Hospitals are getting into the generic drug business.
For years, health systems have been on the hook for skyrocketing drug prices for injections or drugs delivered through IV solutions. And as of Thursday, there were 148 drugs currently facing shortages, according to the American Society of Health-System Pharmacists.
Those shortages include everything from bags of saline solution to common antibiotics. It's something Salt Lake City-based Intermountain Healthcare, and Catholic health systems Ascension, SSM Health, and Trinity Health, along with the Department of Veterans Affairs health administration (a group that in total represents 450 hospitals) want to fix by creating a nonprofit generic drug company.
"The new initiative will result in lower costs and more predictable supplies of essential generic medicines, helping ensure that patients and their needs come first in the generic drug marketplace," the health systems said in a news release.
To pull this off, the health systems will need to create a company that's an FDA-approved manufacturer of certain generic medications that will either make the drugs itself or contract with other manufacturers to make the generic drugs.
Once the generic drugs are made, the health systems that are part of this group will need to purchase the medications to use in their hospitals, which could give the health systems a lot of power over the generic drug industry.
"If they all agree to buy enough to sustain this effort, you will have a huge threat to people that are trying to manipulate the generic drug market. They will want to think twice," Dr. Kevin Schulman, a professor of medicine at Duke University told The New York Times.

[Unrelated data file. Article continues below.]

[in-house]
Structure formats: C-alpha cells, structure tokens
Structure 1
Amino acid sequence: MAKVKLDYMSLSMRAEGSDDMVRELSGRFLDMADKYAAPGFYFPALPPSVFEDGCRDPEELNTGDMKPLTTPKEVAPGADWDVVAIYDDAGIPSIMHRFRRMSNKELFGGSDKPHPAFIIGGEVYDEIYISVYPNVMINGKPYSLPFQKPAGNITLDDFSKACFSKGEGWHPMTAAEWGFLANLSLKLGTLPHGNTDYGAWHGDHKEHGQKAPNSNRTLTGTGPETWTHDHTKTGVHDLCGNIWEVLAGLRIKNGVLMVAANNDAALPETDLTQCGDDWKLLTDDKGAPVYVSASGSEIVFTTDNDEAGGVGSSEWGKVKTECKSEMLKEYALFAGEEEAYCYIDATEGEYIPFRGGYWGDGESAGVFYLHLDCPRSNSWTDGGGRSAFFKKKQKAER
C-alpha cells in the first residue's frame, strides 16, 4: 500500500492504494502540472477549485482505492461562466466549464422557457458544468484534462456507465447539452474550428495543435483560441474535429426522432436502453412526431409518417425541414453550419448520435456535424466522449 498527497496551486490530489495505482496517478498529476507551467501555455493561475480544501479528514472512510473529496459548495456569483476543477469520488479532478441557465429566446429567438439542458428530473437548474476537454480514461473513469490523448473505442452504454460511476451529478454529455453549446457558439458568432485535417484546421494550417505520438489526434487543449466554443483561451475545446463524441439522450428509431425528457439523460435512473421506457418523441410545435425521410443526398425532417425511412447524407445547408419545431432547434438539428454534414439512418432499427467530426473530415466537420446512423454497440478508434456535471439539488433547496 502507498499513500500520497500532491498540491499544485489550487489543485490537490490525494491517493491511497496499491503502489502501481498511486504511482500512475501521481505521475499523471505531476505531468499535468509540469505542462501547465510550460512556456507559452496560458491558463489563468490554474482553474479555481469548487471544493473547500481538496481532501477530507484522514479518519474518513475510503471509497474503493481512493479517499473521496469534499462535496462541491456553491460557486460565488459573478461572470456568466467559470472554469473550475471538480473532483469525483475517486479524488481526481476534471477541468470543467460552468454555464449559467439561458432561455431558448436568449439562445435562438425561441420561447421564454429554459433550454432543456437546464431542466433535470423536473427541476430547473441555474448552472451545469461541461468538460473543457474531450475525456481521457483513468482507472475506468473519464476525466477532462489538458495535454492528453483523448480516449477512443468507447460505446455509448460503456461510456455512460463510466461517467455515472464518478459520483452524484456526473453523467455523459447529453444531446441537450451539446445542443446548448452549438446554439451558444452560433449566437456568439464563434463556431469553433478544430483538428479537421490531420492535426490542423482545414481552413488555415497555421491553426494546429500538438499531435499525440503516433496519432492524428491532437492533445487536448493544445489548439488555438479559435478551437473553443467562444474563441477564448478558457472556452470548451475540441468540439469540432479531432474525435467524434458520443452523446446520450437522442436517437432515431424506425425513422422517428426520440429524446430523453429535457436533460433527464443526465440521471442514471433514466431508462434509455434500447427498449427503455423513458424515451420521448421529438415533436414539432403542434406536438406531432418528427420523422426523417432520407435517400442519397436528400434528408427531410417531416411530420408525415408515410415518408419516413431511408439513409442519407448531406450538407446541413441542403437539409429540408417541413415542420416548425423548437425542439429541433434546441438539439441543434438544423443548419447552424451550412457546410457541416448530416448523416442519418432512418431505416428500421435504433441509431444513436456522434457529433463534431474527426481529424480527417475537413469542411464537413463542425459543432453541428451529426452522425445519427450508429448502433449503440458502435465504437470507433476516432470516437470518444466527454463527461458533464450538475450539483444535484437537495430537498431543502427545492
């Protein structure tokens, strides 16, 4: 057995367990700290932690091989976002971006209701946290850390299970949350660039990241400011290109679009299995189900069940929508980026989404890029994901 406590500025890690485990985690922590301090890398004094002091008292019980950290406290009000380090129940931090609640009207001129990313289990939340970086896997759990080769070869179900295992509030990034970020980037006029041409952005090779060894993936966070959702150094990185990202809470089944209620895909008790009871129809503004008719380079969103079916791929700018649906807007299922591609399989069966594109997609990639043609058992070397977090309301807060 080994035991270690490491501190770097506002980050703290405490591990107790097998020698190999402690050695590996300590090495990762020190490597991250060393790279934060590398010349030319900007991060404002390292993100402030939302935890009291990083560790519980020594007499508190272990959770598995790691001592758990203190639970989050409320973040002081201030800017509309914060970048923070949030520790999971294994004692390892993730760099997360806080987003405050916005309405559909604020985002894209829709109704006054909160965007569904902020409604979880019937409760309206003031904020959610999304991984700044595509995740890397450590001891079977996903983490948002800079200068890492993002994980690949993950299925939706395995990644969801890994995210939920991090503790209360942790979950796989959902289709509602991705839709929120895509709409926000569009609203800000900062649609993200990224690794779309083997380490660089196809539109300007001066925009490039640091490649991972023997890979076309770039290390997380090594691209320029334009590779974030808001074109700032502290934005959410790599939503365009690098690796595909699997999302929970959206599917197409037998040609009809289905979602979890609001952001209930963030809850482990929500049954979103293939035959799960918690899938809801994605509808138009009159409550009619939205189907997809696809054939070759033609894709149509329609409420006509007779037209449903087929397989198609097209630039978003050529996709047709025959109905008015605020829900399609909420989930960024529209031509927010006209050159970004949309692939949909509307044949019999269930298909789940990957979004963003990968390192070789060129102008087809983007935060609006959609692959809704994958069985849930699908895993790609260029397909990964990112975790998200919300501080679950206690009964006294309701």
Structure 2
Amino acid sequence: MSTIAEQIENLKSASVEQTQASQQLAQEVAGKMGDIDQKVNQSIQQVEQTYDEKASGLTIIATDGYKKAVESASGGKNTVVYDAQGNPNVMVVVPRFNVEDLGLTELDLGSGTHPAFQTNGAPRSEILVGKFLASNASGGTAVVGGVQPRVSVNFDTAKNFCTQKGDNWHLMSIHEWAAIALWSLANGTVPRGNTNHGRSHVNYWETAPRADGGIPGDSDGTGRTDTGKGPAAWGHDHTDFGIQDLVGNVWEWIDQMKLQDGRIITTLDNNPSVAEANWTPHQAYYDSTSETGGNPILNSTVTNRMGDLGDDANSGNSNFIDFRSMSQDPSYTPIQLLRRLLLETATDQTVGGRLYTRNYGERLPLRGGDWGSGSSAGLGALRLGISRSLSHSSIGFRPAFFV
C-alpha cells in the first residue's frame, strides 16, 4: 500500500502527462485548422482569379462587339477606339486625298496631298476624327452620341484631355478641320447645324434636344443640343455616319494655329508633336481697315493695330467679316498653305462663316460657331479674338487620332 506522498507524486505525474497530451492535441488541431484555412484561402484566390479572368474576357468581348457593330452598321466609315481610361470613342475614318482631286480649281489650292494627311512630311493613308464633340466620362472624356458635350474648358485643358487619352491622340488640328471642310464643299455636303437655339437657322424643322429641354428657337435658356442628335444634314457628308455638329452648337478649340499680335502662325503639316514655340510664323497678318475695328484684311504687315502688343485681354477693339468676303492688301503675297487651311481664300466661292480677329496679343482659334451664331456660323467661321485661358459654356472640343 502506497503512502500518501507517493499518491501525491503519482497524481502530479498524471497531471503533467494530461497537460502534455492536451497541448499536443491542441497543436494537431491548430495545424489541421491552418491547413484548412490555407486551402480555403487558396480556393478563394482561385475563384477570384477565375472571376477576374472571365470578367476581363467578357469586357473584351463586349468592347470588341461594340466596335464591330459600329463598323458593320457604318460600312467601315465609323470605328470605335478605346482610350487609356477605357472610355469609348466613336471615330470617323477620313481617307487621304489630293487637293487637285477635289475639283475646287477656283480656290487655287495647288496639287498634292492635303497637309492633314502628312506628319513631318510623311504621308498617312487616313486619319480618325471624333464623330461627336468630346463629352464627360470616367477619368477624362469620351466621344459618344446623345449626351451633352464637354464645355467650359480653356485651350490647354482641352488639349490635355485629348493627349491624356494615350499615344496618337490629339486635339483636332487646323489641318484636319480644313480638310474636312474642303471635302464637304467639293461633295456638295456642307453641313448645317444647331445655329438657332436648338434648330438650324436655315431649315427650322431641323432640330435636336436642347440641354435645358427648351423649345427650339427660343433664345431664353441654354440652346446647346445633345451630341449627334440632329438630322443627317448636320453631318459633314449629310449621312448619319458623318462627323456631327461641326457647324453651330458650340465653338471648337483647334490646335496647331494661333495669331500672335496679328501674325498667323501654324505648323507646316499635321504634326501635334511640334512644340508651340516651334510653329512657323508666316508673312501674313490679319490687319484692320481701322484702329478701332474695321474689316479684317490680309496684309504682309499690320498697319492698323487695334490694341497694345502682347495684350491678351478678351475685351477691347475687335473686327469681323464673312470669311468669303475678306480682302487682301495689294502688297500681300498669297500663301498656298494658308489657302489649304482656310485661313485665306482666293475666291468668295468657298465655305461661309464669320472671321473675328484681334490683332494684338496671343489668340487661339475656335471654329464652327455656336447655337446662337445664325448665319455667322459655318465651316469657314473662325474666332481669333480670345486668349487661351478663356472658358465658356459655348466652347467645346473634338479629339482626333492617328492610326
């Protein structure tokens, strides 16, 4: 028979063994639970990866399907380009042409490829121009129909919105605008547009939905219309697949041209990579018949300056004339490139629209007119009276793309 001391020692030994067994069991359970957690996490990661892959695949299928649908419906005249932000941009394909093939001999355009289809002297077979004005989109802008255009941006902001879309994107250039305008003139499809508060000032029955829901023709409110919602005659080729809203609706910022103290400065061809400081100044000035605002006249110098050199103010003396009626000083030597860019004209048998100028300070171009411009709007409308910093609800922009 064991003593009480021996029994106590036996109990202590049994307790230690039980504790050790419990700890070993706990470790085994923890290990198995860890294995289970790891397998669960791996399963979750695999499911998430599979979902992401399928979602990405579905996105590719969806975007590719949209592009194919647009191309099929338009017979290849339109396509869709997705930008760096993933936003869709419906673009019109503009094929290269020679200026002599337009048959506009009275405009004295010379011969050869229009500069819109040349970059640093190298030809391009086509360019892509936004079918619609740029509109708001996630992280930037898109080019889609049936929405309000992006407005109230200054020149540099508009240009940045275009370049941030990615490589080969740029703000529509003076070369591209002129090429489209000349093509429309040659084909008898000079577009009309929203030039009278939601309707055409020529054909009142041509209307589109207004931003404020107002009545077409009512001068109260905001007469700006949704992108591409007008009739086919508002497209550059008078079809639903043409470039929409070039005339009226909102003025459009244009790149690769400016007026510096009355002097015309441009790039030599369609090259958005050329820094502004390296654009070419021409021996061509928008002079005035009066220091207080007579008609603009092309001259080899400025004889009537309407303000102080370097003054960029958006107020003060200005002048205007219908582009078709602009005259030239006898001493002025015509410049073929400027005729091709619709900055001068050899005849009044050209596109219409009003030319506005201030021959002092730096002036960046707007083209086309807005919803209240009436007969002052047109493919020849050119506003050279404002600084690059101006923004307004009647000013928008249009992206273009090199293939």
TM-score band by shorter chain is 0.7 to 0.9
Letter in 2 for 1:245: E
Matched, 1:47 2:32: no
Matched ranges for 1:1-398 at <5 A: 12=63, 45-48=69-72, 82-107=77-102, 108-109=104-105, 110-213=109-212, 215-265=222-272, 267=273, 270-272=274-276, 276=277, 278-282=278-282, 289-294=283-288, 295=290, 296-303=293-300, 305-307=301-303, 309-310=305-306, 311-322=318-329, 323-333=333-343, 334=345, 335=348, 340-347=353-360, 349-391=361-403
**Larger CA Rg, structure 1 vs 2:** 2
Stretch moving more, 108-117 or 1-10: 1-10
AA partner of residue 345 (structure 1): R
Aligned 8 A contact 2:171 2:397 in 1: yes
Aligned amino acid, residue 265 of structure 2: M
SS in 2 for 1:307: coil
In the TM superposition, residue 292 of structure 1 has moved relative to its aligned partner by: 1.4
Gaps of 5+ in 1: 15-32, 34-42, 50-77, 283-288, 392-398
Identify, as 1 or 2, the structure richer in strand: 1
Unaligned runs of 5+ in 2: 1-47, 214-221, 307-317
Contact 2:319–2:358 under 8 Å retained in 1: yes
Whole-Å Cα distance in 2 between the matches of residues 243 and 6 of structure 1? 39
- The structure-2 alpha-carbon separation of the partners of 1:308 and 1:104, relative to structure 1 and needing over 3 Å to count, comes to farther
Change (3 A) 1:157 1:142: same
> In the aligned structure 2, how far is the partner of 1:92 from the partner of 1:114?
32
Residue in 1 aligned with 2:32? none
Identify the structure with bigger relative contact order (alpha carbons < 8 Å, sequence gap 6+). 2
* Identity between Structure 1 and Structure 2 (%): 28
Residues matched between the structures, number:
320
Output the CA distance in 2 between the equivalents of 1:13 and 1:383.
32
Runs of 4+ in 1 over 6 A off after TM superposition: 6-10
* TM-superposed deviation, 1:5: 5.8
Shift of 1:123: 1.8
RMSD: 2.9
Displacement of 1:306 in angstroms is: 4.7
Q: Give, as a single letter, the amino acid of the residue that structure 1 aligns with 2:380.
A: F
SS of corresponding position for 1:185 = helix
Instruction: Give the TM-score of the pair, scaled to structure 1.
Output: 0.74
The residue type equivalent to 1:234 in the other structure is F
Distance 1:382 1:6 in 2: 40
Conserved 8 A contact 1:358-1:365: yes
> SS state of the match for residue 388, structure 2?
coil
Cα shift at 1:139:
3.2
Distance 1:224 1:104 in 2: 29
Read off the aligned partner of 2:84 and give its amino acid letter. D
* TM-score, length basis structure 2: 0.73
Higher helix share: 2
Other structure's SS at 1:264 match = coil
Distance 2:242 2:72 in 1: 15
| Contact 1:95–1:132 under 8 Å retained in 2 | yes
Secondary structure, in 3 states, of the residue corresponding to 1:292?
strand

Why hospitals are facing drug shortages and price hikes
There are a number of explanations for generic drug shortages. Most are related to manufacturing problems. In the cases of saline, Baxter's facilities in Puerto Rico were hit by the hurricanes, adding to existing shortages.
In other cases, some of the companies which make large portions of the drug simply stop making it, or a drug is only being produced by a single manufacturer.
And therein lies the problem: There simply are not enough companies making the drug to keep up with demand.
It's all part of a consolidation of the manufacturers who produce generic drugs.
US generic companies have had a harder time turning a profit on generic drugs while competing with companies outside the US that are able to make the same drugs at a cheaper cost. That's caused manufacturers to home in on certain generic drugs and discontinue others that don't make as much money.
If a generic manufacturer has a shortage, there's no easy fix — you can't just pass off the job to another company while the first fixes its problems, since getting approval to take on a new drug can take years. It also creates situations in which only one or two companies produce a certain drug, making it vulnerable to price increases.
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